Myanmar’s coup a setback for the region

Surekha A. Yadav
·4-min read
Surekha A. Yadav
Surekha A. Yadav

FEBRUARY 7 — Last week, the world saw the Myanmar military take control of the country’s capital Naypyitaw and establish complete control of the entire country by sweeping away the National League for Democracy (NLD) government led by Aung Sang Suu Kyi.

Suu Kyi had been barred from the country’s presidency because her husband and children are foreign citizens but she has led Myanmar’s civilian government since 2015 as Senior State Counsellor.

By staging a coup, the military has put an end to the country’s democratic transition.

Since independence in 1948, Myanmar has largely been run by the military. From 1966 to 2011, senior generals and military officers held complete control of the country.

For much of that period, Aung Sun Su Kyi was the most prominent symbol of resistance to military rule.

Her release from over a decade of house arrest in 2010 symbolised the country’s return to civilian rule and the international fold.

As the country emerged from isolation and began to experience rapid economic growth, the lives of millions of people in the country improved.

The country, of course, remained plagued by poverty and instability. The central government has never had control of all of Myanmar’s territory.

Hundreds of ethnic groups call Myanmar home and armed groups representing some of these groups control swathes of the country.

Conflict between the army and these groups is near constant and within the context of this ongoing ethnic instability, we also saw a brutal crackdown on the Rohingya, one of Myanmar’s most impoverished and least numerous groups, targeted by civilians and the military because of their Muslim religion.

The last few years were far from perfect and the military continued to wield enormous power.

Twenty-five per cent of seats in parliament were reserved for military-appointed candidates and the army and its proxies continued to control a large segment of the economy as well as various government agencies.

So an uneasy power-sharing structure emerged between Suu Kyi’s NLD and the military but the system seemed to be holding.

Myanmar saw foreign investment boom and many well-educated Myanmars who had left the country during the years of military rule returned and began interesting projects at home.

Though things were far from perfect, there was a feeling that they would continue to get better.

But all that ended when the military dismissed the civilian government last week. The country seems to have reset to the pre-2011 era with terrible consequences for the country’s investments, export and tourism all of which were already reeling from the Covid-19 pandemic.

The vast majority of Myanmars will now see their lives get worse and there seems to be no clear justification for the military’s move.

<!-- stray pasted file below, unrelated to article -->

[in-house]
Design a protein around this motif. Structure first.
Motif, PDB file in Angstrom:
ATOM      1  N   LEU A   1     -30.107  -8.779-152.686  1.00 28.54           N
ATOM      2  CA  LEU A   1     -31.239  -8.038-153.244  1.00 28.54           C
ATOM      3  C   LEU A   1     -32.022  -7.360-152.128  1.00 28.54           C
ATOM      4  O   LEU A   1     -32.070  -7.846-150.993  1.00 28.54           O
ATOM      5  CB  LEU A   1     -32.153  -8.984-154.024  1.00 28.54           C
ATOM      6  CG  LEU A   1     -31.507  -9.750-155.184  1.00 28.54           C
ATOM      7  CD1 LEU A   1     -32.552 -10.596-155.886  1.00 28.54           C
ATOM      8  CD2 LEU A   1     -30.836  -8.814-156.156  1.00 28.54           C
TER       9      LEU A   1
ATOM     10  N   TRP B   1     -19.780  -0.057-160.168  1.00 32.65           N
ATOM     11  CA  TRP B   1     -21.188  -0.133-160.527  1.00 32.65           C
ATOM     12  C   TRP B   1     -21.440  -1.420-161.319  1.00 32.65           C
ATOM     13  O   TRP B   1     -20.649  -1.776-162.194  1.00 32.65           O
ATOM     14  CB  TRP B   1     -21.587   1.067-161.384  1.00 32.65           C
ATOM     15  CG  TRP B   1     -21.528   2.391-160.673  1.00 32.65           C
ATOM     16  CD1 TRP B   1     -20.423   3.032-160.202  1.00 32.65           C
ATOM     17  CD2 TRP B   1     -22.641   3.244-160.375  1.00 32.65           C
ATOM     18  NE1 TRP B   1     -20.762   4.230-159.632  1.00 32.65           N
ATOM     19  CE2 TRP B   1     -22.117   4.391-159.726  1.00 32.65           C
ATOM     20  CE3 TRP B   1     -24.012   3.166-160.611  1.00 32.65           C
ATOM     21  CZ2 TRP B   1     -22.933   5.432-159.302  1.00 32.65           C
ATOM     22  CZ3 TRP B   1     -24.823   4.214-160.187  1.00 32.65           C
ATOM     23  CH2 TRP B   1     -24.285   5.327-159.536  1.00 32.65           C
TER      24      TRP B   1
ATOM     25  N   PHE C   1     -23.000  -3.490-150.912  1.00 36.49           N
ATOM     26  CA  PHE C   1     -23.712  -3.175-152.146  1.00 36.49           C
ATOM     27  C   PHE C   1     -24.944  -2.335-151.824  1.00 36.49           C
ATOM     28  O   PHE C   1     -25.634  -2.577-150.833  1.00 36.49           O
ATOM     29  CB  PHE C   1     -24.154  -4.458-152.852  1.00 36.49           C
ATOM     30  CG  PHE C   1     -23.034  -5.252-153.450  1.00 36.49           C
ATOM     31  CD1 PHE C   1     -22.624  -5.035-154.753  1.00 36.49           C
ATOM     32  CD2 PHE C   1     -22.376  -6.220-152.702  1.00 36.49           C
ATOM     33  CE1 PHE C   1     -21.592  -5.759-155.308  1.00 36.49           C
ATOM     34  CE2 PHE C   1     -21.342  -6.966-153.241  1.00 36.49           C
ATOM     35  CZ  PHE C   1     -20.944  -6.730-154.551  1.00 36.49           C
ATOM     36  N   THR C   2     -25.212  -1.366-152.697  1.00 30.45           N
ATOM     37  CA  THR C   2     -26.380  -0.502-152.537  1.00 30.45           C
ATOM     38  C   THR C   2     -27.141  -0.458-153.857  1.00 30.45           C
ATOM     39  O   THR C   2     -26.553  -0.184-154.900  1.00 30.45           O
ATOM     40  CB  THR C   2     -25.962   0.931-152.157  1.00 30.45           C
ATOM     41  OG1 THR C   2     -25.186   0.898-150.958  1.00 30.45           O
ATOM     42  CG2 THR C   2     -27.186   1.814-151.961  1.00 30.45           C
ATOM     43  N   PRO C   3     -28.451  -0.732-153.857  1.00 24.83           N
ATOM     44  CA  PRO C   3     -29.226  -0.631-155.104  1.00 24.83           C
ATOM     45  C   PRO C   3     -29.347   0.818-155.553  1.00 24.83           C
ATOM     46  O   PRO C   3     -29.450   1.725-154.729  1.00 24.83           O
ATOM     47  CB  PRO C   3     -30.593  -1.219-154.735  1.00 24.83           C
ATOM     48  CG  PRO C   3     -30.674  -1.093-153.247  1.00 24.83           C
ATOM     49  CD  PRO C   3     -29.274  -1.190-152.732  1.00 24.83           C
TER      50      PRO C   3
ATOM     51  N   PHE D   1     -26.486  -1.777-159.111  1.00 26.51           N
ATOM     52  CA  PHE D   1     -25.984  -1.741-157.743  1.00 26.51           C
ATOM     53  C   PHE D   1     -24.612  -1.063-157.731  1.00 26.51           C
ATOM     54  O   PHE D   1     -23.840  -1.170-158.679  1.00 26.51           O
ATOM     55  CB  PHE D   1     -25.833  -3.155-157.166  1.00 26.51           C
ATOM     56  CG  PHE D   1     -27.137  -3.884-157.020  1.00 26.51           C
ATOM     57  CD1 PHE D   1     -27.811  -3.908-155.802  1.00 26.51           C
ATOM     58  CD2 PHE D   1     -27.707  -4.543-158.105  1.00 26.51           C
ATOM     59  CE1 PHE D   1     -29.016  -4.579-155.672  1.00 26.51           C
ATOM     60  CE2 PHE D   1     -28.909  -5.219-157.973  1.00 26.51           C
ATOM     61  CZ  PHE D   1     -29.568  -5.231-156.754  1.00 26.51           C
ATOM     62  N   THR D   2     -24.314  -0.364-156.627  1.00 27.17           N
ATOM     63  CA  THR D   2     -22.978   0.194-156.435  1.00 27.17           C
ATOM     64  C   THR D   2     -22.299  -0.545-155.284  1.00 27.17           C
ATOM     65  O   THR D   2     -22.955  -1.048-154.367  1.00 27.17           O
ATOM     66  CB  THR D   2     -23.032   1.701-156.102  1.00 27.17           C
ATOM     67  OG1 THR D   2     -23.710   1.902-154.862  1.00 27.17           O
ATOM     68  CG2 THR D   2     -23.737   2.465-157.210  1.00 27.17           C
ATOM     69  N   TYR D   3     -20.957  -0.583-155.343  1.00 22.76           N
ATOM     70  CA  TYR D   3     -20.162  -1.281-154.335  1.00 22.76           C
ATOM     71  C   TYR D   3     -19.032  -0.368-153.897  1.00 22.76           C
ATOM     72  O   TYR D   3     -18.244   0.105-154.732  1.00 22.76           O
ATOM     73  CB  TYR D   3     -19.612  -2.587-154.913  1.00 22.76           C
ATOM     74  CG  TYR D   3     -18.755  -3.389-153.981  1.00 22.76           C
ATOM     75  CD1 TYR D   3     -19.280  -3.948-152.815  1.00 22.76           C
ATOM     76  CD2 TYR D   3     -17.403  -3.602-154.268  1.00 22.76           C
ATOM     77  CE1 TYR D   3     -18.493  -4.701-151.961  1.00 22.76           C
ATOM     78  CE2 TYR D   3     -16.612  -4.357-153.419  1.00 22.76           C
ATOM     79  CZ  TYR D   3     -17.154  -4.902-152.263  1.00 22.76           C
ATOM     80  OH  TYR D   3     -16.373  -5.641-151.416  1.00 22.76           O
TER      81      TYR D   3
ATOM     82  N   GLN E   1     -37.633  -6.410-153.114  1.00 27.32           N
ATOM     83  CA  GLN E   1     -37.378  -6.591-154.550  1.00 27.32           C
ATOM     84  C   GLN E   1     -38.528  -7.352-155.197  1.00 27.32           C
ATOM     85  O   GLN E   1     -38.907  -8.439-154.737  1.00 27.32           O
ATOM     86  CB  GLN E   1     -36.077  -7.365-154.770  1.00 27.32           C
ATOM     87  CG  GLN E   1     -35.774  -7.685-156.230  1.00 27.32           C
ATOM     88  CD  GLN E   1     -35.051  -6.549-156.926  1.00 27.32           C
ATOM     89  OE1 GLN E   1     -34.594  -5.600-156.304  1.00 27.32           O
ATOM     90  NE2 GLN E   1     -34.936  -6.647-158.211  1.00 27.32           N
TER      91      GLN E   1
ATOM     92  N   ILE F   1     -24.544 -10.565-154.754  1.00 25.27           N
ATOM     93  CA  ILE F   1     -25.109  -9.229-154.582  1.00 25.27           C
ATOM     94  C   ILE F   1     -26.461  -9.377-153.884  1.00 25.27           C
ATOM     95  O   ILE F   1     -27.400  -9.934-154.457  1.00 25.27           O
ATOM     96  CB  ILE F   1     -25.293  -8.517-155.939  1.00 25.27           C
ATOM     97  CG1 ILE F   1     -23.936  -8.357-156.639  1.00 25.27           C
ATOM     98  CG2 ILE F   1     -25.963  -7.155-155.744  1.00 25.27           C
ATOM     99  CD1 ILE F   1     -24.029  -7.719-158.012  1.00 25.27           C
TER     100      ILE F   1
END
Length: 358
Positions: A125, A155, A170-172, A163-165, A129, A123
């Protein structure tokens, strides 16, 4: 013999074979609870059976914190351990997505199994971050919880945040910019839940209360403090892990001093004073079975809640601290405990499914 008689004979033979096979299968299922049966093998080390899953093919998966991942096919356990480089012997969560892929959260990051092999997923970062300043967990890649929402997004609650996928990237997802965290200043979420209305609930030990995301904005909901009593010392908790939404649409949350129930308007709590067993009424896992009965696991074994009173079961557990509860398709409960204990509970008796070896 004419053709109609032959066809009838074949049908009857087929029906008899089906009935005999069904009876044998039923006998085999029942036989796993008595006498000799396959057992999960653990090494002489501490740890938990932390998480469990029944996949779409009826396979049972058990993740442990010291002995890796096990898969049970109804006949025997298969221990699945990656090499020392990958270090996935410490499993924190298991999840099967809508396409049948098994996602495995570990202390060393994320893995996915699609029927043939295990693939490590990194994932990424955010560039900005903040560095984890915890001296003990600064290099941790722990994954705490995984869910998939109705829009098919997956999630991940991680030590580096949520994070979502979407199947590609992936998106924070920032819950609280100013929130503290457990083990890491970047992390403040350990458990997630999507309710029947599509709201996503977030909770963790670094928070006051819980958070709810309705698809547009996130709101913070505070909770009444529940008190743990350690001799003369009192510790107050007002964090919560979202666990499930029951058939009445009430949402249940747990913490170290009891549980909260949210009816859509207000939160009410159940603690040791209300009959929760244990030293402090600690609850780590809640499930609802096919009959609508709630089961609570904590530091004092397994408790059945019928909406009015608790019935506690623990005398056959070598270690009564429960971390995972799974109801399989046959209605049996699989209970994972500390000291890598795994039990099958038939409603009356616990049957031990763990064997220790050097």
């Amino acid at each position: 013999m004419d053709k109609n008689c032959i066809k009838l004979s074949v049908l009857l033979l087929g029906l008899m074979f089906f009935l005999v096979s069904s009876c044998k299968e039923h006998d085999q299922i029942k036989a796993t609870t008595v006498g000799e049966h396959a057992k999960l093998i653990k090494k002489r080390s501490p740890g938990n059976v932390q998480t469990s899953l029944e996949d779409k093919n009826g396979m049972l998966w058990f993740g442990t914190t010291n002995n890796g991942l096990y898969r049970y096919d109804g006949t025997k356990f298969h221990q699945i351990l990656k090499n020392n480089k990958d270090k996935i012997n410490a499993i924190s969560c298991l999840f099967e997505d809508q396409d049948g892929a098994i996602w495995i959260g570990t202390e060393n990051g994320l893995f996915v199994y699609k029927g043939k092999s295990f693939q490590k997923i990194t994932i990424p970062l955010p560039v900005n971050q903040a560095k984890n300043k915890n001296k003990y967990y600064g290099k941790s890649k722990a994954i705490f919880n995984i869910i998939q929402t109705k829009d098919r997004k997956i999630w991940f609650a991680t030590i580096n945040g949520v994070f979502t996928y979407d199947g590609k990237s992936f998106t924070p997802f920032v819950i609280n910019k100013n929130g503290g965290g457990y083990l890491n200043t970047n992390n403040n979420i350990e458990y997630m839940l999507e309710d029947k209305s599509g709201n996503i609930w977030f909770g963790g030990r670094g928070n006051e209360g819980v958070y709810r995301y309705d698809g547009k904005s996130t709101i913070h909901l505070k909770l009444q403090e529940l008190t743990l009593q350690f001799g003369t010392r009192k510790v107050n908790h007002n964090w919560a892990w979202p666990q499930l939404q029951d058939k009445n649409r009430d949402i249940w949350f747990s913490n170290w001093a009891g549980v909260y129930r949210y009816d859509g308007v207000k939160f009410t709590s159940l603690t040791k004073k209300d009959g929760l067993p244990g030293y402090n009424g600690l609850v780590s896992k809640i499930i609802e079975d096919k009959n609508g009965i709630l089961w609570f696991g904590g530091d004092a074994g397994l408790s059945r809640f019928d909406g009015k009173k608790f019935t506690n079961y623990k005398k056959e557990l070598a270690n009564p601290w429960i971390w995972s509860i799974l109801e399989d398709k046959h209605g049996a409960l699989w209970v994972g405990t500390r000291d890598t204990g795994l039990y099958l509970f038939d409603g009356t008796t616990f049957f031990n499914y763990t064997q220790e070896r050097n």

Given Aung Sung Suu Kyi’s NLD had recently won an overwhelming majority of seats in parliamentary elections, the military was hardly overthrowing an unpopular government.

Rather, it seems clear the most powerful generals were looking to secure their position as the most powerful force in the country.

Despite retaining parliamentary seats and enormous armed power, the military had seen the NLD’s civilian government grow in power.

As non-military officials entrenched themselves in ministries and government offices and elections gave the NLD a stronger mandate, the military was faced with the prospect of taking a back seat.

Rather than wait to see their power gradually erode further, the generals struck back. Taking the capital just before the new parliament was set to be sworn in.

Tactically for the military this was perhaps a logical move but for the country this seems likely to be the beginning of a period of turmoil.

The prospect of violence looms as NLD supporters express their dismay at the coup and ethnic armies and separatist factions see instability at the centre as a moment to launch campaigns of their own.

Fundamentally the future of 60 million people seems to have been set back by a small group of powerful men. The truth is we see this too often around the world and South-east Asia in particular.

The last few years have seen coups and anti-democratic manoeuvres in the region.

Often these manoeuvres are not popular but those with the guns and money are able to dictate the narrative and future — at any cost.

Asean has proved unable to prevent this sort of misgovernance and now these coups threaten growth across the region.

Basically we’ve seen this happen again and again because too much power is vested in people who are self-interested above all else. Who will cling to power regardless of the harm it does their nations.

Ultimately the only force that can stop these sorts of abuse are common citizens.

Until citizens are informed enough and feel empowered enough to demonstrate, organise and mobilise to defend their interest and freedoms, the nations of this region and people will never achieve the outcomes they deserve.

*This is the personal opinion of the columnist.

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